• In another embodiment, as shown in FIG. 2B, the node's pressure housing may be coupled to and/or substantially surrounded by an external envelope or housing 240. Various portions of non-pressure housing 240 may be open and expose the pressure housing as needed, such as for hydrophone 210, node locks 220, and data/power transfer connection 214 (shown with a fitted pressure cap 218 in FIG. 2B). In one embodiment, the upper and lower portions of the housing include a plurality of gripping teeth or protrusions 242 for engaging the seabed and for general storage and handling needs. Non-pressure node housing 240 provides many functions, such as protecting the node from shocks and rough treatment, coupling the node to the seabed for better readings (such as low distortion and/or high fidelity readings) and stability on the seabed, and assisting in the stackability, storing, alignment, and handling of the nodes. Each external housing may be made of a durable material such as rubber, plastic, carbon fiber, or metal, and in one embodiment may be made of polyurethane or polyethylene. In still other embodiments, the seismic node 110 may include a protective shell or bumper configured to protect the body in addition to or in lieu of external housing 240.
  • In one embodiment, seismic node 110 comprises one or more direct attachment mechanisms and/or node locks 220, as described in more detail in U.S. Patent Publication No. 2015/0362606, incorporated herein by reference, that may be configured to directly attach the seismic node 110 to a deployment line 108. The node locks (and attached nodes) may be coupled to and decoupled from the deployment line via a node deployment system, as described in more detail in U.S. Patent Publication No. 2016/0041284, incorporated herein by reference. Of course, the node of the disclosed embodiment need not be directly or indirectly coupled to a deployment cable, and may be placed individually on the seabed without use of a deployment cable.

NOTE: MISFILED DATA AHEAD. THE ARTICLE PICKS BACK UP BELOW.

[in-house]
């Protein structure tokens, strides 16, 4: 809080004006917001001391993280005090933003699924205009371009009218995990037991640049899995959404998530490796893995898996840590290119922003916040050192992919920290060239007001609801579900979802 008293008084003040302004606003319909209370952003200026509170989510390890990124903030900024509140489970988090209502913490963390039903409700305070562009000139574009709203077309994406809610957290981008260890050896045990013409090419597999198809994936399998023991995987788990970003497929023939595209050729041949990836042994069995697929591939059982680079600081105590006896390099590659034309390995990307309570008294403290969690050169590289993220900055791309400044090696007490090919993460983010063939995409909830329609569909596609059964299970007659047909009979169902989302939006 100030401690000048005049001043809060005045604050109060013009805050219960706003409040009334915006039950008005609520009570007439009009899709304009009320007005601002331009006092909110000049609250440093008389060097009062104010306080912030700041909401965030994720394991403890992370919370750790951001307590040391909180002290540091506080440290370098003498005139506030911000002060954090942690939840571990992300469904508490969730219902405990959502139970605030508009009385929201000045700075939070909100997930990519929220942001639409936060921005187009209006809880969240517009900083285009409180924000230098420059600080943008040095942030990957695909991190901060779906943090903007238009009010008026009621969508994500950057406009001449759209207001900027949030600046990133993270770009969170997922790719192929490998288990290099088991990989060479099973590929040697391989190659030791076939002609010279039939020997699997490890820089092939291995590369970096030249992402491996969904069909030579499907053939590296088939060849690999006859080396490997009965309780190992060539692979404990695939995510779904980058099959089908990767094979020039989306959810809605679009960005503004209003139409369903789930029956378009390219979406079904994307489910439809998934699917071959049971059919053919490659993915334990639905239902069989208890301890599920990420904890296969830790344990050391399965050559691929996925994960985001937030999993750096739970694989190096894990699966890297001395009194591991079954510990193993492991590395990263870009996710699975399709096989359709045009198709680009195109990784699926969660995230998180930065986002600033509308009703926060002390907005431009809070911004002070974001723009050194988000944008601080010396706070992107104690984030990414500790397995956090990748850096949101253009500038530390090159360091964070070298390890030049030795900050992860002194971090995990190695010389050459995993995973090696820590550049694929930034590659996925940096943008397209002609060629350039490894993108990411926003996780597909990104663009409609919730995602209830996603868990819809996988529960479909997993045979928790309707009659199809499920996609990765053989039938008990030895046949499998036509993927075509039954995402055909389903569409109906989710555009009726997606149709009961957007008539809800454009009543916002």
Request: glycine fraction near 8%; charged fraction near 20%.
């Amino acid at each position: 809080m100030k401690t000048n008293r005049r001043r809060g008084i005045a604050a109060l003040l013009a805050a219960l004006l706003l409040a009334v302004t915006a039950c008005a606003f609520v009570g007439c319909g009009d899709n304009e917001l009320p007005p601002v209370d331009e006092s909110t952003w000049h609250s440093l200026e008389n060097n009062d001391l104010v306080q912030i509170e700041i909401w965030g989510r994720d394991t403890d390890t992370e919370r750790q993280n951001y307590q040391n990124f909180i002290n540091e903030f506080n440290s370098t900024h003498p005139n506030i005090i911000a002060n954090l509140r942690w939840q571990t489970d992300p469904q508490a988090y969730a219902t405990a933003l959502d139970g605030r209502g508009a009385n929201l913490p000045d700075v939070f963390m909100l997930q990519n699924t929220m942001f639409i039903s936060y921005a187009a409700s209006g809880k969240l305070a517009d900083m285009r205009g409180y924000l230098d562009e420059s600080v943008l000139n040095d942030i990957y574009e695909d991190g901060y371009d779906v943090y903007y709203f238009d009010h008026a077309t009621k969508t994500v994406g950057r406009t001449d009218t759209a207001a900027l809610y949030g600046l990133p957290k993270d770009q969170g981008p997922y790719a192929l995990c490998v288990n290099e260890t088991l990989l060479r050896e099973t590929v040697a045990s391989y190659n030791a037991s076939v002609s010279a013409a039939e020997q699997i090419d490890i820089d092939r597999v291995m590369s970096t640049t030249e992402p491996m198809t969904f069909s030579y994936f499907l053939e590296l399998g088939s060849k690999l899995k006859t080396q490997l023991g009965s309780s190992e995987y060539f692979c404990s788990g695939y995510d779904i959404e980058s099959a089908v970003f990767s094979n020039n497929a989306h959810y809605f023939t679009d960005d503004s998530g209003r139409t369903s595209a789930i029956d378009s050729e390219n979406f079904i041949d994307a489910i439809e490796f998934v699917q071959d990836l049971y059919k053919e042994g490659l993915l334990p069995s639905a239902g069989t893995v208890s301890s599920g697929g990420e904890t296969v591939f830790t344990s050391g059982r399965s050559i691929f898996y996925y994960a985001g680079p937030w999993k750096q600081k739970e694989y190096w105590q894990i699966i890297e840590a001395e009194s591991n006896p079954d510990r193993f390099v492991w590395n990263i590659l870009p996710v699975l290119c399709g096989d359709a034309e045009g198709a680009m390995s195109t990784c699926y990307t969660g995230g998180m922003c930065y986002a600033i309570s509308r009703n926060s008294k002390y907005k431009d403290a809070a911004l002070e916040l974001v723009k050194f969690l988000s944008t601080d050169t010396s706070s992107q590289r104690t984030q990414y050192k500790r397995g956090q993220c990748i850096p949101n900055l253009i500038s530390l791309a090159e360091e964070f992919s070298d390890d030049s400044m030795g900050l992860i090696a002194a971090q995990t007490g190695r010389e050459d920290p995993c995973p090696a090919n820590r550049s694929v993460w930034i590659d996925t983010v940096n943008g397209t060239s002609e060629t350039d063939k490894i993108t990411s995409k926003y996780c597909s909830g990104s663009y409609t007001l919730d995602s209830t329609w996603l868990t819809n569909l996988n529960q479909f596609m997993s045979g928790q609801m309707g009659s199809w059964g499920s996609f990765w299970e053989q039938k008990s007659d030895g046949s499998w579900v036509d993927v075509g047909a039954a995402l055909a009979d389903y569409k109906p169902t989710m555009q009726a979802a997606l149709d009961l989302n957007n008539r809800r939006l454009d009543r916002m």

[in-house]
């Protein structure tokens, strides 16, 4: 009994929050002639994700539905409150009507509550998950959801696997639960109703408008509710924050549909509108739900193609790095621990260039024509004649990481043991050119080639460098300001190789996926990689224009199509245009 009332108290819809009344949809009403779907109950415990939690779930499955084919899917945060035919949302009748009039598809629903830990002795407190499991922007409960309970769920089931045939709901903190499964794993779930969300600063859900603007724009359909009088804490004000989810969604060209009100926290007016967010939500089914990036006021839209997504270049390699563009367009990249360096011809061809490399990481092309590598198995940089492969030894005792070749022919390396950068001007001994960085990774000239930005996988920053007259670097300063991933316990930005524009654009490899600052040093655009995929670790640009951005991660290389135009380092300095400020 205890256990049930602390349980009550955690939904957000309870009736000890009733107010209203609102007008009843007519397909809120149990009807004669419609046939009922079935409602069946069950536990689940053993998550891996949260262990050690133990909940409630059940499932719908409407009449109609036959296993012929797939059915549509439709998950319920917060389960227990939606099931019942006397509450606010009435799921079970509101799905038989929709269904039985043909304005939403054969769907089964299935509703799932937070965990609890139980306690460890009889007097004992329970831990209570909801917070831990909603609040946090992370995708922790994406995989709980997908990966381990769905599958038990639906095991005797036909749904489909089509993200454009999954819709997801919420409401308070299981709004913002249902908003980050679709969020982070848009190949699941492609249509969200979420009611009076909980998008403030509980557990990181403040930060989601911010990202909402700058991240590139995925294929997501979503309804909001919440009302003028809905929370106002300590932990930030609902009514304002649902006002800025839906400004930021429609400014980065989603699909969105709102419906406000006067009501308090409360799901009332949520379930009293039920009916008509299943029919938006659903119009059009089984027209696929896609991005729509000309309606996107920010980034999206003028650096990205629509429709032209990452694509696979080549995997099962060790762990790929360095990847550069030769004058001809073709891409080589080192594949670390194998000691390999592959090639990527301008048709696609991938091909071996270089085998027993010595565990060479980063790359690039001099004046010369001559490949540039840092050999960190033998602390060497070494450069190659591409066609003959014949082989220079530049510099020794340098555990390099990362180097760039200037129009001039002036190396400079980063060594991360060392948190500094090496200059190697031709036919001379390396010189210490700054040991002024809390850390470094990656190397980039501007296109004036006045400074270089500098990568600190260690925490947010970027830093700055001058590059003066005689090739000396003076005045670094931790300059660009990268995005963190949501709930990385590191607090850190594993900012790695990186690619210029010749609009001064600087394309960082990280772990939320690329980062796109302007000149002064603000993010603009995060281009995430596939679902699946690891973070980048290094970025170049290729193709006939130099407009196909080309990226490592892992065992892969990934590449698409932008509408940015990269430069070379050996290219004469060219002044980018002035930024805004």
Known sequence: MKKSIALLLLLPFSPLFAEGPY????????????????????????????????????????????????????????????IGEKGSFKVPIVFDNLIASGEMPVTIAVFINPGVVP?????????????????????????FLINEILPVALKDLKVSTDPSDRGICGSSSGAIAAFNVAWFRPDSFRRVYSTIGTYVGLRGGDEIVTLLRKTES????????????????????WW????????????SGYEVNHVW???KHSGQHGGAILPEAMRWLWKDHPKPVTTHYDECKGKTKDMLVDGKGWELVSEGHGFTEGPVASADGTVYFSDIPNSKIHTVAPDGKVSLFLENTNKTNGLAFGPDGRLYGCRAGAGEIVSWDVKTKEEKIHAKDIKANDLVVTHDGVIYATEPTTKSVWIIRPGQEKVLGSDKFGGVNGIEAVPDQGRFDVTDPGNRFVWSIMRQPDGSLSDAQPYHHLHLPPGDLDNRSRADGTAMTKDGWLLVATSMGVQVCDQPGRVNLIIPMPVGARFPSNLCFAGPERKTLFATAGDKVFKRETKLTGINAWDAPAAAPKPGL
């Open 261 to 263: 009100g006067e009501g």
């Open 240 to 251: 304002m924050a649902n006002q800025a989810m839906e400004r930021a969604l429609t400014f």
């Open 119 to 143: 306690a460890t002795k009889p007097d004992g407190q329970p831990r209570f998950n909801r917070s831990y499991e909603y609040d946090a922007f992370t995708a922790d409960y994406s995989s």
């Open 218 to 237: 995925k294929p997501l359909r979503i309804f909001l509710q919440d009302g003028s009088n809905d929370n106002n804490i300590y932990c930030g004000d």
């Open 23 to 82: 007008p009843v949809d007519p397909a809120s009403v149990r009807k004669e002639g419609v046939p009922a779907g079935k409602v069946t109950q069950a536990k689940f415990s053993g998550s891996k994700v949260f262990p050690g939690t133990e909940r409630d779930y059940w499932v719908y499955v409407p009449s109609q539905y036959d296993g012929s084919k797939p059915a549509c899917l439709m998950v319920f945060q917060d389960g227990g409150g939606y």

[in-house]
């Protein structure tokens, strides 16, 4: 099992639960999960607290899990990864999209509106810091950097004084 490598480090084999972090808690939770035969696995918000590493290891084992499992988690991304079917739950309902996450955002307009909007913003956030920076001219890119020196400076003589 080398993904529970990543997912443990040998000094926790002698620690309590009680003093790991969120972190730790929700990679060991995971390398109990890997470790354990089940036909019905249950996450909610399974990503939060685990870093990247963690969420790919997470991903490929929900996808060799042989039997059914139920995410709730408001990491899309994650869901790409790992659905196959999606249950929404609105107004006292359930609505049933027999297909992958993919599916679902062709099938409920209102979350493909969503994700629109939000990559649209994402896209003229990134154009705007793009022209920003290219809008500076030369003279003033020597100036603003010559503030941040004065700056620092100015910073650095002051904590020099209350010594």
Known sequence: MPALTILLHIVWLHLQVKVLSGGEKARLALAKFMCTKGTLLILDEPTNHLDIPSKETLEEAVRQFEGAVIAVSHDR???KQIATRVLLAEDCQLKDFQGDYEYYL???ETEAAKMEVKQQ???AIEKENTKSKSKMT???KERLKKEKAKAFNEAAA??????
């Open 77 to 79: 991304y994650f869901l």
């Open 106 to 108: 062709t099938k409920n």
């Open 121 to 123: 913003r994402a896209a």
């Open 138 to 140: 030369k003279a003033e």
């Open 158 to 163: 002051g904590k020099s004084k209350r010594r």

• Those skilled in the art would appreciate that more or less modules or components may be added to or removed from the node based on the particular needs of the node.
  • Autonomous Underwater Vehicle
  • In one or more embodiments, the disclosed seabed coupling plate may be utilized in conjunction with an autonomous underwater vehicle (AUV), such as that described in Applicant's U.S. Pat. No. 9,090,319, incorporated herein by reference. In one embodiment, the AUV may be a seismic AUV, such that the autonomous seismic node is incorporated into the autonomous underwater vehicle. Methods of deployment of such AUVs (and of their configurations) to the seabed is well known in the art. Again, the disclosed seabed coupling plate is not necessarily limited to the method of deployment to or retrieval from the seismic node and the seabed.
  • An AUV in the following description is considered to encompass an autonomous self-propelled underwater node that has one or more sensors capable of detecting seismic waves in a marine environment. In one embodiment, an AUV has a body to which a propulsion system is attached, such as one or more propellers. Other propulsion systems may be used, e.g., jets, thrusters, pumps, etc. Alternatively, the propulsion system may include adjustable wings for controlling a trajectory of the AUV. The propulsion system may be controlled by a processor/controller. The processor may also be connected to a seismic sensor. In some embodiments, a seismic sensor unit may be located entirely within the body of the AUV, and in other embodiments some or all of the seismic sensor unit may protrude from or be located outside of the AUV body. An AUV may use active or passive coupling to the seabed to create a good coupling to the seabed. A memory unit may be connected to the processor and/or seismic sensor for storing a seismic sensor's recorded data. A battery may be used to power all these components.